The current projects that our R&D team are focused on touches on the following 3 themes:
A. The conversion of unwanted water-based paint into new paint products
Paintback is collaborating with BASF and Monash University (Clayton) on a three-year PhD program. 2 PhD students will commence in the program early next year to look at incorporating waste paint into alternative materials. At present, the collected water-based paint contains approximately 50% water, this is being removed via a water treatment plant to retain the solid sludge. The water is reused in an industrial cooling system and the sludge is sent to landfill.
Paintback is working with various companies to identify innovative concepts for a second life for reclaimed water-based paints, incorporating paint into a range of different items. We are also looking at recovering titanium dioxide from our collected water-based paints which is a valuable resource to the paint industry.
B. Recycling of unwanted plastic packaging
Most of the returned containers at a Paintback drop off point are large plastic containers of 10 litres and above. These would usually still contain small amounts of paint which makes recycling a challenge. The R&D team are working with a research partner to develop new technologies to clean the plastic containers and recycle them into new plastic paint packaging.
We are also testing a one-step processing method with an alternative research partner who specialises in recycling a range of contaminated plastics. The leftover paint and the plastic are turned into a composite material which will be used to make new products such as transport pallets and furniture. This will eliminate the resources required to remove leftover paint from the containers.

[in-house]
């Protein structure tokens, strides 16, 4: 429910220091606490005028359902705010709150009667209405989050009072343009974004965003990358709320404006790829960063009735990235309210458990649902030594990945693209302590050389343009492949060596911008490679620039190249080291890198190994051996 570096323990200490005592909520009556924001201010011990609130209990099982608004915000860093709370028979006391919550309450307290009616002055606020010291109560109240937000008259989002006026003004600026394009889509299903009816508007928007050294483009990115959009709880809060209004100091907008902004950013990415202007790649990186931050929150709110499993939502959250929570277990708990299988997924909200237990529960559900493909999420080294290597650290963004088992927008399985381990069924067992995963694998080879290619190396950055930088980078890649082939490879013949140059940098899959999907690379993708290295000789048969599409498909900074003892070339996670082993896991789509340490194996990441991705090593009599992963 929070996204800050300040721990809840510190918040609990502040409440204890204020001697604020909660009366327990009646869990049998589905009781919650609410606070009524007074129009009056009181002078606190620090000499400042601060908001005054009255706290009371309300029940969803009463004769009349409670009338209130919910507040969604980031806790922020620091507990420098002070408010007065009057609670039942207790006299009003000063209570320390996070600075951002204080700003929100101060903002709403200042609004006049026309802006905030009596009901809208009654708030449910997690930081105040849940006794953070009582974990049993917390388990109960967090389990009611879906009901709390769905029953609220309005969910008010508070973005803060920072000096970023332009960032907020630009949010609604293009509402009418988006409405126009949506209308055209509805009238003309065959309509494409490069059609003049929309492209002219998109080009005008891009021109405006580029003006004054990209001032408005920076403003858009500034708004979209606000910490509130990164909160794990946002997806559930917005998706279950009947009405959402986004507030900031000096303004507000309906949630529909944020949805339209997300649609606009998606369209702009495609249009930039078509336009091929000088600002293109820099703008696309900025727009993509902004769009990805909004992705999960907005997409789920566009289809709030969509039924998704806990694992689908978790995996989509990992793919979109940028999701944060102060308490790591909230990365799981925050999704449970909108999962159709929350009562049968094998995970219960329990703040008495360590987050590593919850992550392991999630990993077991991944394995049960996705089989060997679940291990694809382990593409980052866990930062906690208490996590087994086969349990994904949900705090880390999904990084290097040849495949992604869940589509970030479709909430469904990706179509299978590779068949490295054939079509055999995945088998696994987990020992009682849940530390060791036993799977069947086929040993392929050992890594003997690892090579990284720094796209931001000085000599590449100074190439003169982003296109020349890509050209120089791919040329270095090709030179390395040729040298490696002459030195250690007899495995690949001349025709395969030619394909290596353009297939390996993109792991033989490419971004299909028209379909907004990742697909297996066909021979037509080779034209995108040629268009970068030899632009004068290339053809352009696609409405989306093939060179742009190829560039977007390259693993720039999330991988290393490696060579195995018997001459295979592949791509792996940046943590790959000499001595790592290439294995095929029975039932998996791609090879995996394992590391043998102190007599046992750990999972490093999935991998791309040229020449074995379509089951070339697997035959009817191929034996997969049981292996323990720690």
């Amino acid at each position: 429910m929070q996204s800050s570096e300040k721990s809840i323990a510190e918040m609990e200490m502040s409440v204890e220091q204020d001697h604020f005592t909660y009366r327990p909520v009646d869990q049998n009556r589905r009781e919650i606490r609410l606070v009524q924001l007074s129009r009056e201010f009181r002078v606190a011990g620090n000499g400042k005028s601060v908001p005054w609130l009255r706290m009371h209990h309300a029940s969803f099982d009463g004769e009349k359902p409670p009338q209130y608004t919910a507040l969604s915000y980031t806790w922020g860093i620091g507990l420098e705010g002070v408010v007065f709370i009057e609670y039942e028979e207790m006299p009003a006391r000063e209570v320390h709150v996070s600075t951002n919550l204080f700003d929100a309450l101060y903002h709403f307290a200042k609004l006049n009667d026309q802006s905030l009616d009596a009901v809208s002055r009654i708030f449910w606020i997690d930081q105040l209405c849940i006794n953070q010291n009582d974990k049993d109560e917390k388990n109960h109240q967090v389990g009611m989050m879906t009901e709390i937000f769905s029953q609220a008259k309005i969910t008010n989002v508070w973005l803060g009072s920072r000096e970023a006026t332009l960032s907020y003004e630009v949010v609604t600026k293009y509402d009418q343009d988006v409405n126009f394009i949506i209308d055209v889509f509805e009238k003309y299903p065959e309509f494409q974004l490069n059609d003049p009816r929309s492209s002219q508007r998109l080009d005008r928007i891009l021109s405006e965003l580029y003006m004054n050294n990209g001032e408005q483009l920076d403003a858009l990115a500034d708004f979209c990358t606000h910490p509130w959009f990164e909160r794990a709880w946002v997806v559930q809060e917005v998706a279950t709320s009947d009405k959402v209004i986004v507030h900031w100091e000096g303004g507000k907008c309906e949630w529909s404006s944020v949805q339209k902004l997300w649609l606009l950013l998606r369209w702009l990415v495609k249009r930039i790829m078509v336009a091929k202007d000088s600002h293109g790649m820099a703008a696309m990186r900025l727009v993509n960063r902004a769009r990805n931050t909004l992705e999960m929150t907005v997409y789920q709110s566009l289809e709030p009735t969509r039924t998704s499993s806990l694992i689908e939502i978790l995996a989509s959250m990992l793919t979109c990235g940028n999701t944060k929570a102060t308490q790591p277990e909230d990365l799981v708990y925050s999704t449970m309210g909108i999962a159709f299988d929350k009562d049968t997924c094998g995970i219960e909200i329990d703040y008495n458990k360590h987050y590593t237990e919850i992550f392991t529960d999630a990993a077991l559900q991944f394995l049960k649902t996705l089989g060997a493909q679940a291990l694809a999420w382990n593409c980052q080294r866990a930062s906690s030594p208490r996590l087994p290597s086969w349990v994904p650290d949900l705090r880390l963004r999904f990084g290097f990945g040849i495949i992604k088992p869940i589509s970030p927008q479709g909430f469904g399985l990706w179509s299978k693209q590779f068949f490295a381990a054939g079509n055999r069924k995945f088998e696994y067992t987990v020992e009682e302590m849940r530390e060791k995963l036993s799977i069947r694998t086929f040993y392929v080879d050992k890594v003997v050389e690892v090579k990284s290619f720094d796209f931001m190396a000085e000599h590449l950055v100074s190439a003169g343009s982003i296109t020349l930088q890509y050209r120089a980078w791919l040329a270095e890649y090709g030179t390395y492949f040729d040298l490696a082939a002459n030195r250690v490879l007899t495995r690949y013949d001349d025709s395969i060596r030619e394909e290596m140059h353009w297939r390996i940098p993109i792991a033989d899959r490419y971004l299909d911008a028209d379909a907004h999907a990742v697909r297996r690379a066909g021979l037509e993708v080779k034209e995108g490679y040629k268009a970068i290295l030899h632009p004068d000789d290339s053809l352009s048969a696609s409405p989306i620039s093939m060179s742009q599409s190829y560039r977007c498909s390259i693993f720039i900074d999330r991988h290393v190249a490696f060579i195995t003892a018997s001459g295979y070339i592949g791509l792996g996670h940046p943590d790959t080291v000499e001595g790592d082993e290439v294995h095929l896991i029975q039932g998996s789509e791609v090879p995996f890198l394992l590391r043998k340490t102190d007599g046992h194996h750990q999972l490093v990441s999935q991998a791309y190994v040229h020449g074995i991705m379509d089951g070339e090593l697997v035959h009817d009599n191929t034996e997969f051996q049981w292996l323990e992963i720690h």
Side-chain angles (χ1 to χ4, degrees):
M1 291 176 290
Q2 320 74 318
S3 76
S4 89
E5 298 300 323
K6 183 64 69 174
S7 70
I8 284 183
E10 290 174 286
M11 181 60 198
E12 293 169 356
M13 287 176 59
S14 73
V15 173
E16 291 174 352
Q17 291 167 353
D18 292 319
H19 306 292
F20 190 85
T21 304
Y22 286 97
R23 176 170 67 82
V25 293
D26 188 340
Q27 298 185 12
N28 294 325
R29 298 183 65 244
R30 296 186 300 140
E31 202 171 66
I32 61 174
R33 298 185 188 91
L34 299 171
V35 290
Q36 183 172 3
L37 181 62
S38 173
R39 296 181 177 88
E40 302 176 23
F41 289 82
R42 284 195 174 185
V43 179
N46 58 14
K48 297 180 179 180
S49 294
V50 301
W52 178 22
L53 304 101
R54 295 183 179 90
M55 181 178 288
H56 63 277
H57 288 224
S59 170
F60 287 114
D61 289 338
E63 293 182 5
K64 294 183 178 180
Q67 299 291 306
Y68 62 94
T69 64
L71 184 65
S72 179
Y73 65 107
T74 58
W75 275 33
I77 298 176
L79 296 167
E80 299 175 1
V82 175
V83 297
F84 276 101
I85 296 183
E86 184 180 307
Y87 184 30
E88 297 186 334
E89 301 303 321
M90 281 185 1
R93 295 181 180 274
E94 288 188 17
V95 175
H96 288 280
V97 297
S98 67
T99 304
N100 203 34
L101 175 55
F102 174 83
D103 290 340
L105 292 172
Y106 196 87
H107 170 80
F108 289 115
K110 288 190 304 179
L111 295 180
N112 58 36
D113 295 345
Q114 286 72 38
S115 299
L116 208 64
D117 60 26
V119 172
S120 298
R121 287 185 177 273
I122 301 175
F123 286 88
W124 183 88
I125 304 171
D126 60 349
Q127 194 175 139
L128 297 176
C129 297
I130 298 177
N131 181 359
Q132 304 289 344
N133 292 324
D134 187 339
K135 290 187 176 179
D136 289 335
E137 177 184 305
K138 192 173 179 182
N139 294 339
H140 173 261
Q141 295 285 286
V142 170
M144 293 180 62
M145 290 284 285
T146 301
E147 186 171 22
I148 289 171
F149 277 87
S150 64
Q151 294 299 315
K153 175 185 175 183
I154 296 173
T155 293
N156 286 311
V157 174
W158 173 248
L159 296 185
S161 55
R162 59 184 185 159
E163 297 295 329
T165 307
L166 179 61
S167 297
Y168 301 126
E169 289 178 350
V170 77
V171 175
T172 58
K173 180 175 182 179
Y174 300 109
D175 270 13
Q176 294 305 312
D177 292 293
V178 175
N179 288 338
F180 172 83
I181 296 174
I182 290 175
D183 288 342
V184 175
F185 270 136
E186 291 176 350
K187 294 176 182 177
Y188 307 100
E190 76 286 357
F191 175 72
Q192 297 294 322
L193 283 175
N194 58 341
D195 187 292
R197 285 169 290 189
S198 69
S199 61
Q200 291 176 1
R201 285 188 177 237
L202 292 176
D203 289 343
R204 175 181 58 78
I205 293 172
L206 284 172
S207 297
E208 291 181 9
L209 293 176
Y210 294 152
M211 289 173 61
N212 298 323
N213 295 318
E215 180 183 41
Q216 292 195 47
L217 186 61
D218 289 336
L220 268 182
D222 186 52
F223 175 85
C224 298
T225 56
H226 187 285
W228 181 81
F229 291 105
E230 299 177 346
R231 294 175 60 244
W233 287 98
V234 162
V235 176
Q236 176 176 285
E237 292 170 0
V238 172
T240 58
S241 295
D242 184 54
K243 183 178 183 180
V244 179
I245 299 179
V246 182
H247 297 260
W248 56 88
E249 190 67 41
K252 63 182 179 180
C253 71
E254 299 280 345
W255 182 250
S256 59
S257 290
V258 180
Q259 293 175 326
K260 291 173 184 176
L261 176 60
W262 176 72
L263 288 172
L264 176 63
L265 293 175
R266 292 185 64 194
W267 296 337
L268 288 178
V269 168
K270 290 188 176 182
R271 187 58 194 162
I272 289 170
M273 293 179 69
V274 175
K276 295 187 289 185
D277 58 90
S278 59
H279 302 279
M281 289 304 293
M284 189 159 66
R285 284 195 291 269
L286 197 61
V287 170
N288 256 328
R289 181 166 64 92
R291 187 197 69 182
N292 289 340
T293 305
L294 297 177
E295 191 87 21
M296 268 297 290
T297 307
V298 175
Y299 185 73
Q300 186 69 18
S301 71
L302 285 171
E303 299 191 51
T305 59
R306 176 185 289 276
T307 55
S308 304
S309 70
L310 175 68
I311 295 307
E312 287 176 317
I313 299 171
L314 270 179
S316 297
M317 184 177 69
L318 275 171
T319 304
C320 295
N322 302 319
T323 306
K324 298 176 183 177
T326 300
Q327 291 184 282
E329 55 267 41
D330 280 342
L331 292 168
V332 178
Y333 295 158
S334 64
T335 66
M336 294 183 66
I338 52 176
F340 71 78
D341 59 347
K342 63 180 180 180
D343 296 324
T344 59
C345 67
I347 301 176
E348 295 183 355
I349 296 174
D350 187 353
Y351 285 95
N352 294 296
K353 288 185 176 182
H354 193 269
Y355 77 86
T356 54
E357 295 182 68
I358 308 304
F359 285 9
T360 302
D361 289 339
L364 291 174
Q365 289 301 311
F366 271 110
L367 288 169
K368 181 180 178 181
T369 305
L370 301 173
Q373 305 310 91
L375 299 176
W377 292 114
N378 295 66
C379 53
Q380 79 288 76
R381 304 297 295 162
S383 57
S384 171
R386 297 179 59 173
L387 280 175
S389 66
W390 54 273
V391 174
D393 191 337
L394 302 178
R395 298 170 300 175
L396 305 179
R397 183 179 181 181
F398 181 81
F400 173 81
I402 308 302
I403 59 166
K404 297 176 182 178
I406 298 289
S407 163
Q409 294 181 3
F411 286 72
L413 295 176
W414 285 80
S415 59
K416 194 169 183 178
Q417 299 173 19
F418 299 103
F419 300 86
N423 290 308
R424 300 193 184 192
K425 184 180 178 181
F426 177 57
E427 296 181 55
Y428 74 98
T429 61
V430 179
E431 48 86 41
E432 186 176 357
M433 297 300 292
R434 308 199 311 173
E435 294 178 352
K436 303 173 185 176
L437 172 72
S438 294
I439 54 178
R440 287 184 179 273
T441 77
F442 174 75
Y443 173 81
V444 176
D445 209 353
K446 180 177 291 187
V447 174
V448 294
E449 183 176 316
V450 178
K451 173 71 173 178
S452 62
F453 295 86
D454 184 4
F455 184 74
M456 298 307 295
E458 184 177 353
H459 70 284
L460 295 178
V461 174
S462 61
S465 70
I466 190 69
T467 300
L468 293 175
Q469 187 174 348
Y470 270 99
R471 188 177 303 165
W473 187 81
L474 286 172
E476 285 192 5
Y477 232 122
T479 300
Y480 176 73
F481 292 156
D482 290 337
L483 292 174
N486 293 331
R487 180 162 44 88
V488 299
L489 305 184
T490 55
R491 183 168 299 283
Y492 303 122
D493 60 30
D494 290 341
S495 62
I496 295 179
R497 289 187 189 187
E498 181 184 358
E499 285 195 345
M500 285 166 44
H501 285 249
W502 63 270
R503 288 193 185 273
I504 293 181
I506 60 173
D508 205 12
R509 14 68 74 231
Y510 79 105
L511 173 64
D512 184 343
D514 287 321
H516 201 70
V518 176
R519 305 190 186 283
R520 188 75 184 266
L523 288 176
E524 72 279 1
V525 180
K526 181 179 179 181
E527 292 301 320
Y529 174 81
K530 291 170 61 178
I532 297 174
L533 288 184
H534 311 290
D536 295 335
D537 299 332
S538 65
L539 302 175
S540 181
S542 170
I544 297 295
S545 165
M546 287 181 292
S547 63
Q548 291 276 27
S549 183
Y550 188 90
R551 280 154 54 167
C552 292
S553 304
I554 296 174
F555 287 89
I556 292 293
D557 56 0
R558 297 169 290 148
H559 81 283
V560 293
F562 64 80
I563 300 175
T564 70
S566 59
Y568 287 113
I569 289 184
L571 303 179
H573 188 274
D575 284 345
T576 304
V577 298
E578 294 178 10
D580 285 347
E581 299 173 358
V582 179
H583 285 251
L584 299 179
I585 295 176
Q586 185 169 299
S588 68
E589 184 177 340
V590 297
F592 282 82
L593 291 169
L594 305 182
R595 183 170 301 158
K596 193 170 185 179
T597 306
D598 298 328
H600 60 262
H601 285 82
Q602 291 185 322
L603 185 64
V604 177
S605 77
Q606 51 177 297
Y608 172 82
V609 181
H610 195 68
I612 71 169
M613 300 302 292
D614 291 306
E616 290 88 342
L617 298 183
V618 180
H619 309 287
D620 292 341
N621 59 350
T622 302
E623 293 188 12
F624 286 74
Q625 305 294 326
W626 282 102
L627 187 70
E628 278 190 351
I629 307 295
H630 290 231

C. Process Improvements
Many companies are moving towards sustainable design principles for their packaging. We’re looking at how to make the plastic packaging more sustainable and robust. Our founding member companies are part of the Australian Packaging Covenant, who have developed guidelines for sustainable packaging development. We have developed sustainable packaging design guidelines for paint that align with these guidelines, that also meet the Australian Dangerous Goods Code, the Transport Packaging for Dangerous Goods – Recycled Plastics Materials and the Poisons Standard.
We’re conducting the first-ever life cycle analysis of all our business processes to accurately measure our overall carbon footprint.
Initially, by knowing our carbon footprint, we will know how many carbon offsets to buy to achieve zero net carbon emissions. In the longer term, we can look at how different processes contribute to our carbon footprint and find new technologies or activities to reduce them.